well that’s that…and a word

Hello everyone and Happy New Year to you all!! So, I had the intention to ride the lovely momentum that the Capturing December project had created for me here in this space. However, the fates had other plans. This post has sat in my draft box, in one form or another, since the day our last holiday guest left. I contemplated not ever hitting publish on this one but then I stopped and realized I had spent the entire last month of 2013 opening myself up, sharing authentically (whether the day, the shot, or myself was perfect or not) and accepting, no, embracing all the beautiful/ugly, ideal/imperfect, helpful/inconvenient everything. Picking a word of the year that speaks to you is something a lot of my blogworld friends participate in annually, my beautiful and talented girl Tracie is the one who introduced me to the practice. So, I’m hitting publish, speaking truth and choosing to EMBRACE it all, with a little help from you, I hope. ūüôā

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With the first full week of the new year coming to an end, so did our holiday celebrations (with the exception of one, which had to be postponed until a later date.)

It was, all in all, a relatively calm holiday season.

We visited, we ate, drank, laughed and reminisced. We gave gifts we produced right here on the farm or, at least, with our own hands. We weathered two below zero forecasts and two snow storms. I completed a goal of recording a picture a day in December, while at the same time cultivating some beautiful friendships with some lovely ladies who joined in, kept me company and kindly provided encouragement throughout the process.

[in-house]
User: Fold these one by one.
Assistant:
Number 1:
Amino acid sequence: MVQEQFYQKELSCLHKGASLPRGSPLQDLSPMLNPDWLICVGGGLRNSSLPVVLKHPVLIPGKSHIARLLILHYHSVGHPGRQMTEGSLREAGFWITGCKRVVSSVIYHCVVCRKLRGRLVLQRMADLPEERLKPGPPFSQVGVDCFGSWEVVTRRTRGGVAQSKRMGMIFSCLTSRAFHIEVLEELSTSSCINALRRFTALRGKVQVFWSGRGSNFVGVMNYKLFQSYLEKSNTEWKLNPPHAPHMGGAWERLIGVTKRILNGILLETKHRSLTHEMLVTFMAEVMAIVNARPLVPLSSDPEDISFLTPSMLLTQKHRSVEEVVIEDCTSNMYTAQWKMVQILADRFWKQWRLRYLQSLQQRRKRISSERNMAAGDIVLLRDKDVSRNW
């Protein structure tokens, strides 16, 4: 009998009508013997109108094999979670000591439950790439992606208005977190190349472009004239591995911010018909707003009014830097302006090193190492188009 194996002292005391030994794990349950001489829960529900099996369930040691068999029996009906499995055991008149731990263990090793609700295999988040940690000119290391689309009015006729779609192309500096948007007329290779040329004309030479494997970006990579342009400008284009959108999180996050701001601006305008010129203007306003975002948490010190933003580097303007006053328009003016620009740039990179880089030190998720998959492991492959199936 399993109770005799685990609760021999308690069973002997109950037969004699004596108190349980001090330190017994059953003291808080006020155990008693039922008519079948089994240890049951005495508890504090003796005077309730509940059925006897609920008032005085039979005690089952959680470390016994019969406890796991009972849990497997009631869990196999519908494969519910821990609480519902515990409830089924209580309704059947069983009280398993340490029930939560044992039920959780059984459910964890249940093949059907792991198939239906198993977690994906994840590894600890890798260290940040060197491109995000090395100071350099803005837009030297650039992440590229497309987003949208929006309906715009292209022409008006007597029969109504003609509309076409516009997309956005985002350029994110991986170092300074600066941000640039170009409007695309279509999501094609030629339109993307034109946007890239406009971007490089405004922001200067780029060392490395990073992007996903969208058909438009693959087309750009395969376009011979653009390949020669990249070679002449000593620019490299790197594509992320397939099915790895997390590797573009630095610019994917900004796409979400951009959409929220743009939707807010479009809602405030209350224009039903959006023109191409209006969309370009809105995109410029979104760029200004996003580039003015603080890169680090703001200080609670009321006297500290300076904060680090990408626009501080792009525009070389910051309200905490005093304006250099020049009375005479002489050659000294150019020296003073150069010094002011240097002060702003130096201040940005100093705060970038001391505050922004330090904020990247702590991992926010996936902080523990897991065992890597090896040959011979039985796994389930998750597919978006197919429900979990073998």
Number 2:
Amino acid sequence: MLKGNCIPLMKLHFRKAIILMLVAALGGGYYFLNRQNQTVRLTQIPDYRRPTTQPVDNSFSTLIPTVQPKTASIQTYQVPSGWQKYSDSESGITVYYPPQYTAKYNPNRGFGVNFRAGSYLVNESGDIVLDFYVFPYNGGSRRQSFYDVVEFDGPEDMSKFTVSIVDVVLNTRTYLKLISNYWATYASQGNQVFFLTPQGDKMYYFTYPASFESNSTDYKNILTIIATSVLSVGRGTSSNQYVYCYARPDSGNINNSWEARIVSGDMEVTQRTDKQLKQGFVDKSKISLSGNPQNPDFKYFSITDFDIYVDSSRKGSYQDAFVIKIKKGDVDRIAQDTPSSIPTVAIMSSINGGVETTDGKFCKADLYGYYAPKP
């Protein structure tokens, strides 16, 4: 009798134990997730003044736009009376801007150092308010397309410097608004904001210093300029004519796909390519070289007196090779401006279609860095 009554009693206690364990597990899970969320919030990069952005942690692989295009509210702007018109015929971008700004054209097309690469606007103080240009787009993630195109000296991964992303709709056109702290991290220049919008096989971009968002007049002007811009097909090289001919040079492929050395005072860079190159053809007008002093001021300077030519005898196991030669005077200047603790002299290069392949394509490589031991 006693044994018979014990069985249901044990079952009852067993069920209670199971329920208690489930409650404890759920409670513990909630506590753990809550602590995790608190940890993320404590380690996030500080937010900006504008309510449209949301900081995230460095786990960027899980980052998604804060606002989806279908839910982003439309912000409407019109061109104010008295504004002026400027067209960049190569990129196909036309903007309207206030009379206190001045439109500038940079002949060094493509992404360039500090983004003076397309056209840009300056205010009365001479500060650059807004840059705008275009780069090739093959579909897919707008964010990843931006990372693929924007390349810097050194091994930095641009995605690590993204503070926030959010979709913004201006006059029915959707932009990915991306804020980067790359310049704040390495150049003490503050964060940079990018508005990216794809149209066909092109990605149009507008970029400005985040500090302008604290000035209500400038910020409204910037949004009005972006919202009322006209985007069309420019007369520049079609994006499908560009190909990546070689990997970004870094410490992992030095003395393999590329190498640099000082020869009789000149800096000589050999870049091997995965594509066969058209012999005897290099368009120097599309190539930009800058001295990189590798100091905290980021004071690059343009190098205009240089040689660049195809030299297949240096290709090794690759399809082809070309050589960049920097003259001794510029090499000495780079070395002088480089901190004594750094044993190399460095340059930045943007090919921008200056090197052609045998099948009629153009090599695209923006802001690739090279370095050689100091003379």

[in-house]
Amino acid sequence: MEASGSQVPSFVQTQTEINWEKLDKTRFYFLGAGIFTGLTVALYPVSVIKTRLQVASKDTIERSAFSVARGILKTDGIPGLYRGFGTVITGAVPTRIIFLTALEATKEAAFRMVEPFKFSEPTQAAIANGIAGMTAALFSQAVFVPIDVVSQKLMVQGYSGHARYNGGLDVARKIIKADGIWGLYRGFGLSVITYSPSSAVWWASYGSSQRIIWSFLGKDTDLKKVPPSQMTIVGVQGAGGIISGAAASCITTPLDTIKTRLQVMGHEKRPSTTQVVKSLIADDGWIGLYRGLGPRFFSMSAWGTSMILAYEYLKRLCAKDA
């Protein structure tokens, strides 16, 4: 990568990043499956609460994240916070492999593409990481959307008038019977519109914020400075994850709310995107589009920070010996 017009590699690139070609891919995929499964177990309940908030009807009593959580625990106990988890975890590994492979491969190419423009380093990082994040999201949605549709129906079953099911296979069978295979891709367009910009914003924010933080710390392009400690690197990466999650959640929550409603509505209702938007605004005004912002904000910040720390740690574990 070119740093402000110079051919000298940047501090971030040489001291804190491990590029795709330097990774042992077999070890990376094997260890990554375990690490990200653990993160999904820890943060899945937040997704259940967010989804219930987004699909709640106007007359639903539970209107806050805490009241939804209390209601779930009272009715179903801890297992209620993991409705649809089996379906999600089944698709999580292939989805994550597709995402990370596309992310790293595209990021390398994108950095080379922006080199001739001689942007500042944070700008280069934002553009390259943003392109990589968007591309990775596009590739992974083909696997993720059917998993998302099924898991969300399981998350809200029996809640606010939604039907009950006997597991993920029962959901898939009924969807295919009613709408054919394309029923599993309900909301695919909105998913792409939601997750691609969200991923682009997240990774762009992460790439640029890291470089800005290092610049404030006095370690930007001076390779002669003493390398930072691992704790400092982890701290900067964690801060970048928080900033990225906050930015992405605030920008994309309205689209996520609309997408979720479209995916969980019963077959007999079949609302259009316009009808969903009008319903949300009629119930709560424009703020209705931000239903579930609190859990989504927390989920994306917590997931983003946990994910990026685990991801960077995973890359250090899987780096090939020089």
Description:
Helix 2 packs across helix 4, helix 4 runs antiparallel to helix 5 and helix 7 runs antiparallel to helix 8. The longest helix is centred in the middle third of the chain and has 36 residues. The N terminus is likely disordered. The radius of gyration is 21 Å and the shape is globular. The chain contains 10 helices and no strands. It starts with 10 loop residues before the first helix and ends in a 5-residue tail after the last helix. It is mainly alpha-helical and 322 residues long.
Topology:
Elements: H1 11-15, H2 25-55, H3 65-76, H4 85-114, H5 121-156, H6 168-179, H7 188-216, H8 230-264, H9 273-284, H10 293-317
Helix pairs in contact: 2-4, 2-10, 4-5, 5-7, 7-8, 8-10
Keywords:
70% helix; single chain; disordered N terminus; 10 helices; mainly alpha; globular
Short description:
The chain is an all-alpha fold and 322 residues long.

In the quiet pockets of time, between meals to prepare, waiting for visitors to arrive, caring for livestock and children, healing from one illness after another and contending with piles of snow, we brainstormed. We talked about what we wanted to plan on for the coming year, what we wanted to eliminate, what we had to do, what we no longer wanted to participate in and how to arrive at that oh so beautiful place we call balance.

With the hurricane of the holiday season dissipating reality is becoming quite evident in the light of the new year.

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I am not getting better…yet. My Hashimoto’s is actually progressing rather than remitting, as are my symptoms. The past few weeks are apparently going to take sometime to recover from, evident in the fact that today I didn’t drag myself from bed until late morning, spent most of the day under a blanket, on the couch, snuggling with either a puppy or child all while dirty dishes laid waiting to be washed, laundry baskets overflowed and decorations begged to be put away. I barely even touched my latest knit project (which is very unlike busy-minded me.) With each passing day it has been a little bit harder to get out of bed in the morning, my joints have increasingly ached, throbbed and swelled, my mind has become more sluggish and my mood has swung sadly low again. The worst part is the normal healthy me is trapped inside this wasted, sad excuse for a 31-year-old, watching it all plummet and feeling as though she can’t do anything to stop it.

I think I did a fairly good job of hiding it throughout the season. However, those of you who visited might not necessarily agree. I know while we ate very well at most meals, I did indulge in more sugar and refined flour than I would have any other time of the year. I also slept less and was on the go more, which probably hasn’t helped. Many changes are being instituted in the hopes of relieving symptoms, maybe, if I am lucky, reducing my antibodies, but they are going to have to be big changes that require a lot of support, often readjusting of everyday occurrences and instituting of new habits.

On top of all my health issues not only has my mother been suffering from health problems the last six months but now my father is also. None of it seems to be life threatening, thank goodness, but all of it is pervasive¬†enough to put both of them out of commission. Not only are they unable to help around the homestead but they are both in need of help from Kevin and I for, not only everyday needs, but also in their non-farm business.¬†My parents still do their best to help, in many different ways, but currently have neither the time nor the energy/ability to do what we had all initially intended. (It was, of course, always the plan for us to care for them as they grew old, which was the entire point of us all agreeing to cohousing, I just don’t think any of is expected that need to happen so soon, nor occur all at once.)